Ultimately, these latest commitments represent two more players in a class of 22 who will add depth at positions that need it. After signing seven high school offensive linemen in the last three classes combined, Pitt now has six o-line commitments in the class of 2021. And we all know about the issues at tight end; I can’t imagine anyone taking issue with the Panthers signing a few more at that spot.
So Pitt landed two recruits at positions where numbers were needed, and the coaches flipped those two recruits from other schools after they had strong senior seasons. It seems like a pretty solid haul to me.
A brighter future on the offensive line
The matter of whether or not Pitt’s offensive line will improve has more than a few moving parts. It’s also really, really important when discussing the future of Pitt football in the big picture and, in the more narrow view, the future of the Pat Narduzzi era of Pitt football.
For the past two years, the Panthers have gotten by with a less-than-effective offensive line. You could probably go back even further than that, but the unit in 2018 was really good at run-blocking; while the lines of last season and this season were better at pass-blocking than they were at run-blocking, they still weren’t great at either.
That’s been a major concern, and while the failures of Pitt’s offense in the last two seasons can’t be placed entirely on one unit – lots of people get to own that mess – the offensive line is certainly among the chief culprits.
Whether it’s pass protection or establishing the run, Pitt’s offensive line has struggled in Mark Whipple’s offense. I thought it would get better this season, simply by virtue of experience, since every player projected to start in 2020 logged significant playing time and multiple starts in 2019.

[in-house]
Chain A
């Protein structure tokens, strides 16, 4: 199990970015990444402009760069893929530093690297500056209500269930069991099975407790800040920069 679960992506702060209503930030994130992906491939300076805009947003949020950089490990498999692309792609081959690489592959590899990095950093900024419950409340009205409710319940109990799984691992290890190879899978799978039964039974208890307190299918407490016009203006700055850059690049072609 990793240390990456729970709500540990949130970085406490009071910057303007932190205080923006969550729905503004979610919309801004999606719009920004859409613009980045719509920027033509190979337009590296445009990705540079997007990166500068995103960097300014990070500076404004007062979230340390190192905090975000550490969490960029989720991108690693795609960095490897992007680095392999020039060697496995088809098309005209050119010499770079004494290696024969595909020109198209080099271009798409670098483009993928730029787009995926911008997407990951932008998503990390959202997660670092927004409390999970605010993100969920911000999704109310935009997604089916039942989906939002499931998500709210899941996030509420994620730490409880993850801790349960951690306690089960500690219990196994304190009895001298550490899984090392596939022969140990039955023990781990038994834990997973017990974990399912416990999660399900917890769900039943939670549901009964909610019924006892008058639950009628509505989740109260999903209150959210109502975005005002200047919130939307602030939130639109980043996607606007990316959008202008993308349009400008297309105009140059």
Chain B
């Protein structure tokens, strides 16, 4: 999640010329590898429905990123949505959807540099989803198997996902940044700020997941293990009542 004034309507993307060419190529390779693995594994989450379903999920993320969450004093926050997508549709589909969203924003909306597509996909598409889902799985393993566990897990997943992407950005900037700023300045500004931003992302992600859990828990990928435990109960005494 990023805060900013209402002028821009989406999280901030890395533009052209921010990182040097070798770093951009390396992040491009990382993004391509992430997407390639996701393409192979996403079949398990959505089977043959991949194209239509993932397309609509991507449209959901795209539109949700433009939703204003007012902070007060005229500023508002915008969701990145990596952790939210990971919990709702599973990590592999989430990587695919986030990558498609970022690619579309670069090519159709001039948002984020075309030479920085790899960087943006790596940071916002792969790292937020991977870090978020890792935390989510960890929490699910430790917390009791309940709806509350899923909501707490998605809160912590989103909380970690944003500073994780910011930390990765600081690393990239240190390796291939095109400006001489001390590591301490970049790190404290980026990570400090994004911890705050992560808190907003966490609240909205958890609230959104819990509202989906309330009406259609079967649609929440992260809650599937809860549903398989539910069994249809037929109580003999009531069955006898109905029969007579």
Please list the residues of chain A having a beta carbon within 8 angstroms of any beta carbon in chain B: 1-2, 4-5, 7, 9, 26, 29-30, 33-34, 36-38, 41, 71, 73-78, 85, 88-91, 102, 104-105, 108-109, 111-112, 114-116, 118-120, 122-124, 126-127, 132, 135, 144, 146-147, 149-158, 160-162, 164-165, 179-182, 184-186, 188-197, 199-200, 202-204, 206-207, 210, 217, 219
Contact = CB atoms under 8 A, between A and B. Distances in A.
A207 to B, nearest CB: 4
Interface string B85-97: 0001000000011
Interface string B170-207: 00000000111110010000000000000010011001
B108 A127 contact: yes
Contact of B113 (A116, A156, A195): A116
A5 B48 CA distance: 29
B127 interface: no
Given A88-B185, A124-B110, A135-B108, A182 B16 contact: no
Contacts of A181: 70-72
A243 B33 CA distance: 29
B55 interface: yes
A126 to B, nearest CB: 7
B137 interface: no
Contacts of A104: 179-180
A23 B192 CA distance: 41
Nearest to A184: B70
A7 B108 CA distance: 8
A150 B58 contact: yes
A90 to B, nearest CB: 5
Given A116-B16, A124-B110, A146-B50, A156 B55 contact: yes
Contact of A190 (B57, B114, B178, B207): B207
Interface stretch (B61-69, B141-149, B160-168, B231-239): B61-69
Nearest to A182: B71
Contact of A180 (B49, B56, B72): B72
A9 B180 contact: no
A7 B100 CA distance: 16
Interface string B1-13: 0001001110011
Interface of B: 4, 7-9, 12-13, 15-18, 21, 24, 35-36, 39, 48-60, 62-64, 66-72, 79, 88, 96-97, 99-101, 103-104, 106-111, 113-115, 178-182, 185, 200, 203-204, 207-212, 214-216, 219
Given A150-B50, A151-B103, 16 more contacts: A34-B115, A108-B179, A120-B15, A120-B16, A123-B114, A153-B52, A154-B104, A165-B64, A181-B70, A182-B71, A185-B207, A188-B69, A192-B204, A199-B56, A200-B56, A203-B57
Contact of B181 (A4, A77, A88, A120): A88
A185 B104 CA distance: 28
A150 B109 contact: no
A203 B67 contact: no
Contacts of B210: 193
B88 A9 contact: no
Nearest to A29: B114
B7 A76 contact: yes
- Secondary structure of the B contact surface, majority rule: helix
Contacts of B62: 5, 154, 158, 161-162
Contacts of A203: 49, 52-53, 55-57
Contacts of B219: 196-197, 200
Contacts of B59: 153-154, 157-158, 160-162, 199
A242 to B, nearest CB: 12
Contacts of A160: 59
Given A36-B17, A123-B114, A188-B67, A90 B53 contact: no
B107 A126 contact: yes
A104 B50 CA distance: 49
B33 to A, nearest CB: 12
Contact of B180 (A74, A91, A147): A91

That’s got to be worth something, right? Aside from natural, God-given talent, the most important thing for an offensive lineman is experience. And when that experience comes from playing next to the same guys for a season, that’s huge.
At least, it’s supposed to be. But Pitt’s offensive line in 2020 didn’t look a whole lot better than it did in 2019, despite having all that experience and cohesion. In some respects, the numbers for the line – based on the numbers from the offense as a whole – are actually worse. Pitt has averaged fewer rushing yards and more sacks allowed per game this season than it did last year.
I didn’t see that coming.
But maybe we got a glimpse in the last few weeks of what’s to come in the future. With Carter Warren, Jake Kradel and Gabe Houy all sidelined (presumably due to COVID protocols), Pitt had to turn to some reserve linemen and the results were…not terrible.
I mean, last Saturday at Clemson was pretty bad, what with Kenny Pickett getting sacked six times and being under pressure on 42% of his drop-backs, according to Pro Football Focus. But the individual performances were somewhat encouraging.
Like Matt Goncalves. The redshirt freshman stepped in for Warren at left tackle and played every snap in the last two games. PFF recorded him giving up just three pressures and no sacks on 112 pass block snaps against Virginia Tech and Clemson.
I don’t know about you, but that seems pretty good to me.
On the other end of the line, Carson Van Lynn took the reps at right tackle, and while he allowed four pressures and a sack against Clemson, he gave up just two pressures in the win over Virginia Tech and matched that with a really strong performance blocking for the run.
Between Goncalves and Van Lynn was redshirt sophomore Blake Zubovic, who lined up at right guard and played 156 snaps in the last two games. He allowed six pressures and no sacks.